Las Vegas Sun

August 13, 2022

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Warrant issued for ballplayer Shawn Chacon over gambling markers

Onetime All-Star accused of failing to pay Caesars Palace $150,000

Shawn Chacon

AP Photo/Gene J. Puskar

Shawn Chacon pitches for the Pittsburgh Pirates against the Atlanta Braves on Aug. 3, 2006, in Pittsburgh.

Authorities now have an arrest warrant for former major league pitcher Shawn Chacon as a result of his alleged failure to pay Caesars Palace $150,000 in gambling markers.

The 31-year-old Chacon — a onetime All-Star whose up-and-down career as a big league pitcher ended abruptly last year following a physical confrontation with the general manager of the Houston Astros — is facing a felony charge of passing three bad $50,000 checks in March, according to a copy of a criminal complaint obtained by the Sun.

The district attorney’s bad check unit is seeking a total of $165,125 in bail on the charge. That covers the $150,000 Chacon allegedly owes Caesars Palace, as well as additional processing fees he now owes the bad check unit for the cost of prosecuting the case.

Gambling debts are prosecuted as bad checks in Nevada.

Chacon, who could not be reached for comment, has played with several major league teams since 2001, including the Colorado Rockies, where, as a starting pitcher, he was an All-Star in 2003. He also played for the New York Yankees and Pittsburgh Pirates.

On June 26, 2008, Chacon was released by the Astros after he allegedly grabbed General Manager Ed Wade by the neck and threw him down in the team’s dining room. Chacon played this year in the Oakland Athletics’ minor league organization.

Chacon lists his home as Greeley, Colo., where he starred playing high school baseball.

Gary Thompson, a spokesman for Harrah’s Entertainment, which owns Caesars Palace, said the company does not comment on pending litigation.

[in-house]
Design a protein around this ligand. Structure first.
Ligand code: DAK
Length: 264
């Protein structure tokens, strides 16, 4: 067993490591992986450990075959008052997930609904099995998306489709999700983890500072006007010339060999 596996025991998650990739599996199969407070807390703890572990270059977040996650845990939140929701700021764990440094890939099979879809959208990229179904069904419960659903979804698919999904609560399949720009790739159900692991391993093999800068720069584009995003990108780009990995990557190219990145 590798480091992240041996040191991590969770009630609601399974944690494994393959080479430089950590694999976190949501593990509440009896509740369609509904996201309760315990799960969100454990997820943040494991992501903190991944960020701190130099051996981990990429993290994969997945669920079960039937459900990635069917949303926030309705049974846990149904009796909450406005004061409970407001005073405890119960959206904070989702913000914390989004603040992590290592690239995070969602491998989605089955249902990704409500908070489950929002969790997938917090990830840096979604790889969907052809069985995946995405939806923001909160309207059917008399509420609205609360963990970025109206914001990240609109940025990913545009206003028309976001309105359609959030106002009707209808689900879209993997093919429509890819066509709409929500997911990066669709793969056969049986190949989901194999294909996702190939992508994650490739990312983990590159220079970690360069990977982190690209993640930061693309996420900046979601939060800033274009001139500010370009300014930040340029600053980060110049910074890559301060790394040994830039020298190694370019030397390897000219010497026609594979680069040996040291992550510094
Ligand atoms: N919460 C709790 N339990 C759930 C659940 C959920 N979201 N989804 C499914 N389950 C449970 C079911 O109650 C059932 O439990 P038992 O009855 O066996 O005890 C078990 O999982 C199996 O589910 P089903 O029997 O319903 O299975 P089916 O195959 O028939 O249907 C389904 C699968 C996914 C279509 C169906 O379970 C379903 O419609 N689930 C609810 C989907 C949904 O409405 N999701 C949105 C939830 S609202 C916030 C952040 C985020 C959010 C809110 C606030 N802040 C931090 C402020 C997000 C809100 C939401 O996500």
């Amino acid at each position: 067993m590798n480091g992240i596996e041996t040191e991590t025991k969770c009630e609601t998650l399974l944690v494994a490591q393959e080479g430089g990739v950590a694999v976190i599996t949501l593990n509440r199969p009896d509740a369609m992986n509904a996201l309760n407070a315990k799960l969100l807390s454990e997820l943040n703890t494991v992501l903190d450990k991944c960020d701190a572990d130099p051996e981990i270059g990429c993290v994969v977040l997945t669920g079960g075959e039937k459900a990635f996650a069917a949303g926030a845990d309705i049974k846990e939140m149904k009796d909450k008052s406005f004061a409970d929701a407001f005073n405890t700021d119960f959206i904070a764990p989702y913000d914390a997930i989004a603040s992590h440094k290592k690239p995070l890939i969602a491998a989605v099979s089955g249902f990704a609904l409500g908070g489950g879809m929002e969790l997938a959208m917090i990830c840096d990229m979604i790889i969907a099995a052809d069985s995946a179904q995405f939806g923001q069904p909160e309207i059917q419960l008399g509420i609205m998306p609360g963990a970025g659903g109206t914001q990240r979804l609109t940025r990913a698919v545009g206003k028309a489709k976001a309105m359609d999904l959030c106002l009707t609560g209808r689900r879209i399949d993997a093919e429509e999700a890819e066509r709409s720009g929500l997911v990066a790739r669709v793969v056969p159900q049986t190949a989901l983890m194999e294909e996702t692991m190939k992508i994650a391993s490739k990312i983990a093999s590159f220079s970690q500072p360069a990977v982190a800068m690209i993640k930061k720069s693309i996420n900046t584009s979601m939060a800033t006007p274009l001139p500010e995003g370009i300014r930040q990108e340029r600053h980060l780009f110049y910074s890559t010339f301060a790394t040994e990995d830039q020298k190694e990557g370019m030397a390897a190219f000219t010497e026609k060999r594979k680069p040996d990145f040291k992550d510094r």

Las Vegas Justice of the Peace Tony Abbatangelo has been assigned the case.


A well-known reputed tagger has been charged in the ongoing graffiti investigation at the Regional Justice Center.

Carlos Perez, 23, is facing one gross misdemeanor count alleging he defaced mirrors and doors in bathrooms at the $185 million courthouse.

The men’s bathroom on the first-floor lobby has taken the brunt of the graffiti attacks over the past year, wracking up thousands of dollars in damage. It’s a mess.

According a police report, courthouse marshals identified monikers used by Perez in the first and second floor men’s bathrooms.

Perez, who was in the Clark County Detention Center on other unrelated charges, was interviewed by a deputy marshal and later rebooked on the graffiti charge after jail officials found gang photos and memorabilia with the same monikers at his holding area.

A total of $3,623 in damage has been linked to Perez so far, the police report says.

Overall, courthouse officials estimated that there is about $25,000 worth of damage in several bathrooms.


It was “do not pass go” for a former Boulder City councilwoman who showed up drunk at a court hearing related to her 2007 drunken driving arrest.

Karla Burton

With her attorneys Jack Howard and John Watkins, right, at her side, former Boulder City Councilwoman Karla Burton blows a .115 blood-alcohol content during her court-mandated breathalyzer test. Burton appeared before Justice of the Peace Nancy Oesterle on Tuesday afternoon in connection with her arrest Feb. 6, 2007, on a felony drunken driving charge. Launch slideshow »

The hearing was supposed to be the start of a yearlong program under which Karla Burton could have avoided incarceration. Instead, Justice of the Peace Nancy Oesterle sent Burton straight to jail Tuesday after Burton’s in-court Breathalyzer test showed her blood-alcohol level was 0.115.

Oesterle ordered Burton to serve 25 days behind bars and return to court Oct. 27.

Burton had pleaded guilty Sept. 16 to driving under the influence and had been given a first offender break of going through the DUI Specialty Court instead of getting harsher punishment. Tuesday was her first appearance in the DUI Specialty Court.

In addition to the initial jail time, Oesterle gave Burton a six-month suspended sentence. If the former councilwoman fails to complete the yearlong DUI Specialty Court program, she will have to serve the entire six-month jail sentence, Oesterle said.

Burton’s case had been delayed five times since her arrest Feb. 6, 2007, at a gas station on Nevada Highway in Boulder City. Her blood-alcohol level then was 0.274, more than three times the legal limit. She was a councilwoman at the time of her arrest but lost her reelection bid four months later.

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